To me, giving less than a tithe is simply not an option. Someday I’m going to stand before God and give an account of my life (Romans 14:12). On that day I do not want to have to explain why, being indwelt with the Holy Spirit and having lived in the most affluent nation in human history, I failed to give at the very minimal level of those who did not have the indwelling Spirit and owned far less than I.
Benevolence is simply showing love through giving—giving of our money, time, and abilities to help the needy. So to talk about benevolence ministries is to talk about giving.
- Sun, Jun 01, 1997
- Money and Giving
(A Finance Column written for New Man magazine, published June 1997)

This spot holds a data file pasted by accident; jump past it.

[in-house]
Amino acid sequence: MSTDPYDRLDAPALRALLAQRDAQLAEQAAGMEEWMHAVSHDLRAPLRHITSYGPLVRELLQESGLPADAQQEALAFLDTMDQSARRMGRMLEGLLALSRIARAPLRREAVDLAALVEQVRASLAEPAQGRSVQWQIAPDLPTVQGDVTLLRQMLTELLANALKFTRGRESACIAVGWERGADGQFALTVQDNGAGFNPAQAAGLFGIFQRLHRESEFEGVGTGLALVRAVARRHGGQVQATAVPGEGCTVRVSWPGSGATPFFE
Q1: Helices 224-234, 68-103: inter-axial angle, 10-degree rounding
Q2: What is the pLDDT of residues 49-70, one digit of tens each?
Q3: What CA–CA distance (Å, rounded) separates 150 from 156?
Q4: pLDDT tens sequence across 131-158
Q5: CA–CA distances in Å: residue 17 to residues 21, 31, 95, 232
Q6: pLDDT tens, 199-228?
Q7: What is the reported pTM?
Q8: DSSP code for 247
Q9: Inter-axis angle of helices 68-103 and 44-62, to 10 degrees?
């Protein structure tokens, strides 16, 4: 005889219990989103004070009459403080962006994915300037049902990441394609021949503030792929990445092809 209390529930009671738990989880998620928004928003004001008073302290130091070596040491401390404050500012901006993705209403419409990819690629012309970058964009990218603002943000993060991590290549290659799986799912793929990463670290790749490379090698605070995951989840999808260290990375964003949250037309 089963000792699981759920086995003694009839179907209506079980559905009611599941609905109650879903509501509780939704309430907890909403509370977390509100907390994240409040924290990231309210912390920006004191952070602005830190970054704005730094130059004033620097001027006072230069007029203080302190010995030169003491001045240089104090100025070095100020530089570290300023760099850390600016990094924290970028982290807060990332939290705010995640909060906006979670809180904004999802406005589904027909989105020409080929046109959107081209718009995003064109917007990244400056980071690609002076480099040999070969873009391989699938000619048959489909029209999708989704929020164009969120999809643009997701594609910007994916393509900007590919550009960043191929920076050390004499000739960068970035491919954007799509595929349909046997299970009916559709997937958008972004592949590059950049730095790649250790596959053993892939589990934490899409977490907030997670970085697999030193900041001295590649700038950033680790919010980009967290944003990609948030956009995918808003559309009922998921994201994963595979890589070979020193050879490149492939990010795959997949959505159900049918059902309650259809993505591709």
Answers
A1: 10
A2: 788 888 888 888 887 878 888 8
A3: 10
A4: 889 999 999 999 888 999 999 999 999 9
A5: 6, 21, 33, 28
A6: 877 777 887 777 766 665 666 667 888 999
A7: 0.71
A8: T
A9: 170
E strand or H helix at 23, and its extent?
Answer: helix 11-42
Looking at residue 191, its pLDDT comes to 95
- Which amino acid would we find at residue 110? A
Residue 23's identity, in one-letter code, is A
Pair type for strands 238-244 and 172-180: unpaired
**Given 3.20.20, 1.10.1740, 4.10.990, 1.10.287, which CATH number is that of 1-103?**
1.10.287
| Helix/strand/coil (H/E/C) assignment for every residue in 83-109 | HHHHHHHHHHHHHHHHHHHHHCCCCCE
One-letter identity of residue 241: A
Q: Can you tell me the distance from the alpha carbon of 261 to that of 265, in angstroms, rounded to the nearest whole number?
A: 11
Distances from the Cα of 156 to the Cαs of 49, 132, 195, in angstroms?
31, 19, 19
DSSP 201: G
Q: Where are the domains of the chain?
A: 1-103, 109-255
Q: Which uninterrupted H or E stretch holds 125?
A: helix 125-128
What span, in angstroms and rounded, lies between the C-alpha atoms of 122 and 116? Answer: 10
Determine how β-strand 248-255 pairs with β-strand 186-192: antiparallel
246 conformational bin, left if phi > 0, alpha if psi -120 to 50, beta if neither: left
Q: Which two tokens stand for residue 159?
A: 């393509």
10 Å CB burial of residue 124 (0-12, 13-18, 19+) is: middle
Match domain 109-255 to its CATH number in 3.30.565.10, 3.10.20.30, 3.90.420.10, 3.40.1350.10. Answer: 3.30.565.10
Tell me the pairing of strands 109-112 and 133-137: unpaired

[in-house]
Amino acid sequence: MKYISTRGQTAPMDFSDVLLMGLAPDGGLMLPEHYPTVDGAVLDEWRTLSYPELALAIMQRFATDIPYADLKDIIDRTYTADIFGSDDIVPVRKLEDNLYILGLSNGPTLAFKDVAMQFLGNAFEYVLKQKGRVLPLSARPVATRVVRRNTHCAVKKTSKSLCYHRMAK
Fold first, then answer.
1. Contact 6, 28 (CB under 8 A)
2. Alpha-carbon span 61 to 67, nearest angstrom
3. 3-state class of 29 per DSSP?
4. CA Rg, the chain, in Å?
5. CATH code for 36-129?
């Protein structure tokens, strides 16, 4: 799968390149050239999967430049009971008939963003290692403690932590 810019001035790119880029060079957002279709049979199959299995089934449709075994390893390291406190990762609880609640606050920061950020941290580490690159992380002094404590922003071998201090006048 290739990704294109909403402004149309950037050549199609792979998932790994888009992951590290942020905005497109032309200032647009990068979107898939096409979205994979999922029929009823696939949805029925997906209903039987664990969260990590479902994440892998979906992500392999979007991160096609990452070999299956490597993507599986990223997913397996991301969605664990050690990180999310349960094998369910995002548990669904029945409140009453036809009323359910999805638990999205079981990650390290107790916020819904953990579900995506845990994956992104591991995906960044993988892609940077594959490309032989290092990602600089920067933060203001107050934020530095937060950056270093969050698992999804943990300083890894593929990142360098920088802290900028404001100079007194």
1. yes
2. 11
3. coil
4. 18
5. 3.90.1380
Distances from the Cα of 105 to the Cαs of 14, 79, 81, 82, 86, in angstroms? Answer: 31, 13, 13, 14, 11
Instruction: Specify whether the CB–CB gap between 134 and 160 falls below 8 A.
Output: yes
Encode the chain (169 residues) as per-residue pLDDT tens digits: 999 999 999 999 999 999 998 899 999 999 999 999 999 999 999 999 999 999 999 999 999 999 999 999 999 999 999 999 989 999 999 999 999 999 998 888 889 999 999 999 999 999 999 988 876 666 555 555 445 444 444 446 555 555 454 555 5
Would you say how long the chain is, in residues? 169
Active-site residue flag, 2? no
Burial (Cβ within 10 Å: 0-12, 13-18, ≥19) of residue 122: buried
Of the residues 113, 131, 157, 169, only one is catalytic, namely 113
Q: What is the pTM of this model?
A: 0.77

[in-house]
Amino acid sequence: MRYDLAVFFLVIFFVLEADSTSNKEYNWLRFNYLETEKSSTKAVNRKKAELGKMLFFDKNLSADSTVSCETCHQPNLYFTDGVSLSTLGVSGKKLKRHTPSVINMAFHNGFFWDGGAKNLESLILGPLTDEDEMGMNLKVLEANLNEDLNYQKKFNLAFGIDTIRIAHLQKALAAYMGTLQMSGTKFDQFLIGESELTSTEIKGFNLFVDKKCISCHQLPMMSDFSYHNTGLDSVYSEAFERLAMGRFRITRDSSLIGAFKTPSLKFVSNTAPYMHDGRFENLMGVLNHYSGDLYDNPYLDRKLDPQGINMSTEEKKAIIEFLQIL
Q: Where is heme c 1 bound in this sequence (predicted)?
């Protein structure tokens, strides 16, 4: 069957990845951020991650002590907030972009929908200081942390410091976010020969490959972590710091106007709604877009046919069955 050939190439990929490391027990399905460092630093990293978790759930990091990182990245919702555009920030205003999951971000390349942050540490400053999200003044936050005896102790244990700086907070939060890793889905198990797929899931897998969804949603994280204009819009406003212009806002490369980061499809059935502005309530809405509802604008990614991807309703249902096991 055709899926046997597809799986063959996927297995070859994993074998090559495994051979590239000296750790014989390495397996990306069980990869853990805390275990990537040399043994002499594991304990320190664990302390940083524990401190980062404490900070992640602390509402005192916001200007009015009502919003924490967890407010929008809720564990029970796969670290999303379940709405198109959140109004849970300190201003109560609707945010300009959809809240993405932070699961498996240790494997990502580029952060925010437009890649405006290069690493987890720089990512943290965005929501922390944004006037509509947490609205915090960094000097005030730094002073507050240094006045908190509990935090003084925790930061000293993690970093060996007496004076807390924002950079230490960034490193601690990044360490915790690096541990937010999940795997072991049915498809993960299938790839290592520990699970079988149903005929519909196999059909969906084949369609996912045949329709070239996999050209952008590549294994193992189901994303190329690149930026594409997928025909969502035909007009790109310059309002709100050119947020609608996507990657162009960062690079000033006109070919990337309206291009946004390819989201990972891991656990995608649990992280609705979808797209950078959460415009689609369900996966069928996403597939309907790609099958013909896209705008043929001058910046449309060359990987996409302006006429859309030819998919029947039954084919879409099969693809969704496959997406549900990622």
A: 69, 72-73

If you have enough food, decent clothes, live in a home that shields you from the weather and own some kind of reliable transportation, you are in the top 15 percent of the world’s wealthy. Add some savings, a hobby like hunting or fishing that requires equipment, two cars (in any condition), a variety of clothing and your own house, and you have reached the top five percent.
You may not feel wealthy. But that’s because you’re comparing yourself to someone who owns even more.
A stubble-faced, leather-skinned vagrant approaches me and asks, “Can you spare some change?” It’s nothing new, but the last few years the faces have been getting younger, the requests more frequent and my responses less certain. A popular sign reads, “Will work for food.” Sometimes it’s true. Sometimes it isn’t. (Unless I have a job to offer, how can I know?)